1 Year of Homeschooling Helped My Kids Escape Bullying

Tim Ebl


Image by Gerd Altmann from Pixabay

Right now, a lot of children are being homeschooled because of the pandemic. Many parents are treating this as a horrible inconvenience with no upsides.

But while there are real costs economically and timewise to manage homeschooling, it can really pay off for the kids when done right. We were forced to homeschool years ago before the internet worked as well as it does now. We were broke and overworked and tired. So believe me, I know the challenges.

My three children all attended public school here in Canada. It was a small rural facility, with grades 1 to 7 in the elementary, and grades 8 to 12 in the high school. None of our three thrived in these schools. Our boys in particular had a really hard time.

Rural living isn’t always the idyllic, happy utopia to grow up in that everyone thinks it is. You’re trapped with the same 20 or 30 kids all the way through, just like Harry Potter was trapped with Malfoy. And it seems like there’s always at least one Malfoy, if not several. In our little school, my kids seemed like they were the victim from the first day of school until many years later.

Bullying was rampant, and the teachers either couldn’t or wouldn’t do anything about it. Our boys both started causing trouble over the years because they couldn’t deal with the stress. So at different times, we decided to take one of them out of public school and home school them for a full year.

It was hard. And it was the best thing we could have done.

Lying, stealing and acting out

Our first son was mercilessly picked on and pushed around from day one. A group of bullies made him their pet project. There was no escape. He wasn’t able to stand up to them, and the situation wasn’t solvable by the school’s staff.

“My pain may be the reason for somebody’s laugh. But my laugh must never be the reason for somebody’s pain.” — Charlie Chaplin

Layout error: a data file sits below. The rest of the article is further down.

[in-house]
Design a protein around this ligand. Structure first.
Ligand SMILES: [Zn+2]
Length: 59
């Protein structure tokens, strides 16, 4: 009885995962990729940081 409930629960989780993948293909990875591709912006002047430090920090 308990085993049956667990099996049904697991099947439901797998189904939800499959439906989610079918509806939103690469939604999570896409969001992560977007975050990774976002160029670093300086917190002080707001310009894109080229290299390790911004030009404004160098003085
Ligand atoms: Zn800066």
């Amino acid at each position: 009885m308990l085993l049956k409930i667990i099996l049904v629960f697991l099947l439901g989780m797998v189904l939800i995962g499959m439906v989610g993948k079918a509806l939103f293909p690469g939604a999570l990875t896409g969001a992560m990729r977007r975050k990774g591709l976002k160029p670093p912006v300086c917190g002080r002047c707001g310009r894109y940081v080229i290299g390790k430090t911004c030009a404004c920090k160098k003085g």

He fought back by stealing things from everyone he didn’t like. There was a lot of lying and sneaking. It was making my whole family miserable, especially when we got calls from the school about missing electronics or other items, only to find them in his room. We were really worried he was learning some bad things.

My wife spearheaded the idea that we keep him home for the grade 5 year and get his behaviour straightened out. At first, I wasn’t on board, because I didn’t think we could get the work done with how busy our family was. But she was adamant. She didn’t want our son staying in that nasty bullying environment and heading down the wrong paths any longer.

He spent a year at home.

The next son was bullied too

Years later, it seemed like it was all happening again. Our second son was always being attacked and getting into fights. There were five children in his class who just wouldn’t leave him alone. His life was hard. Although he wasn’t blameless, the teachers never clued in that when he was in a fight, it was 2, 3 or 5 against just him. He got beaten all the time. Violence was ongoing.

“School administrators can’t say it’s up to the parents. Parents can’t say it’s up to the teachers. Teachers can’t say it’s not their job. And kids can’t say, “I was too afraid to tell.” Every single one of us has to play our role if we’re serious about putting an end to the madness. We are all responsible. We must be.” — Megan Kelley Hall (author)

He ended up in emergency with a broken hand trying to fend them off one day. All five bullies had him cornered. One of these was a girl, and three were from “good Christian families,” so put those stereotypes out of your head. We knew most of the parents, but talking to them hadn’t made any difference. Their angels were innocent. Our son was labelled as the troublemaker, and the principal went after him. The kid that ended up in emergency was suspended.